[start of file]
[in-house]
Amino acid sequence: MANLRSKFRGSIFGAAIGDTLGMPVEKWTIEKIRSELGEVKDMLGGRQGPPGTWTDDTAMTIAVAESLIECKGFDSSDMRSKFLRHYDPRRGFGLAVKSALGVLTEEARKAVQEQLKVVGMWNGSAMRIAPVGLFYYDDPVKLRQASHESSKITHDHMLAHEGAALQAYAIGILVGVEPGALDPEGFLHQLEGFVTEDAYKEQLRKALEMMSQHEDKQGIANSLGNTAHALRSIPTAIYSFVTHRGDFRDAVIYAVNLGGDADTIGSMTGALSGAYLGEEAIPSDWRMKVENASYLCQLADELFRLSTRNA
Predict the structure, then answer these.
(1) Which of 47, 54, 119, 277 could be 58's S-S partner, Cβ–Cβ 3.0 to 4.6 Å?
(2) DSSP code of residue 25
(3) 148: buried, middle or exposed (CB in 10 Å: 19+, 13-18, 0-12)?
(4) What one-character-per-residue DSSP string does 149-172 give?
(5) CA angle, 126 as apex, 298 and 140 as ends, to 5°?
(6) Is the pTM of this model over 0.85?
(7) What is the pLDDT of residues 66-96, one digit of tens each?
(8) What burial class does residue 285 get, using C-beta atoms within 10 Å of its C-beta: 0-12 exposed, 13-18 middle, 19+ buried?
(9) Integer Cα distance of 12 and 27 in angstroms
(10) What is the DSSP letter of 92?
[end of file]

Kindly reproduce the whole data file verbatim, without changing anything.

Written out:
[in-house]
Amino acid sequence: MANLRSKFRGSIFGAAIGDTLGMPVEKWTIEKIRSELGEVKDMLGGRQGPPGTWTDDTAMTIAVAESLIECKGFDSSDMRSKFLRHYDPRRGFGLAVKSALGVLTEEARKAVQEQLKVVGMWNGSAMRIAPVGLFYYDDPVKLRQASHESSKITHDHMLAHEGAALQAYAIGILVGVEPGALDPEGFLHQLEGFVTEDAYKEQLRKALEMMSQHEDKQGIANSLGNTAHALRSIPTAIYSFVTHRGDFRDAVIYAVNLGGDADTIGSMTGALSGAYLGEEAIPSDWRMKVENASYLCQLADELFRLSTRNA
Predict the structure, then answer these.
(1) Which of 47, 54, 119, 277 could be 58's S-S partner, Cβ–Cβ 3.0 to 4.6 Å?
(2) DSSP code of residue 25
(3) 148: buried, middle or exposed (CB in 10 Å: 19+, 13-18, 0-12)?
(4) What one-character-per-residue DSSP string does 149-172 give?
(5) CA angle, 126 as apex, 298 and 140 as ends, to 5°?
(6) Is the pTM of this model over 0.85?
(7) What is the pLDDT of residues 66-96, one digit of tens each?
(8) What burial class does residue 285 get, using C-beta atoms within 10 Å of its C-beta: 0-12 exposed, 13-18 middle, 19+ buried?
(9) Integer Cα distance of 12 and 27 in angstroms
(10) What is the DSSP letter of 92?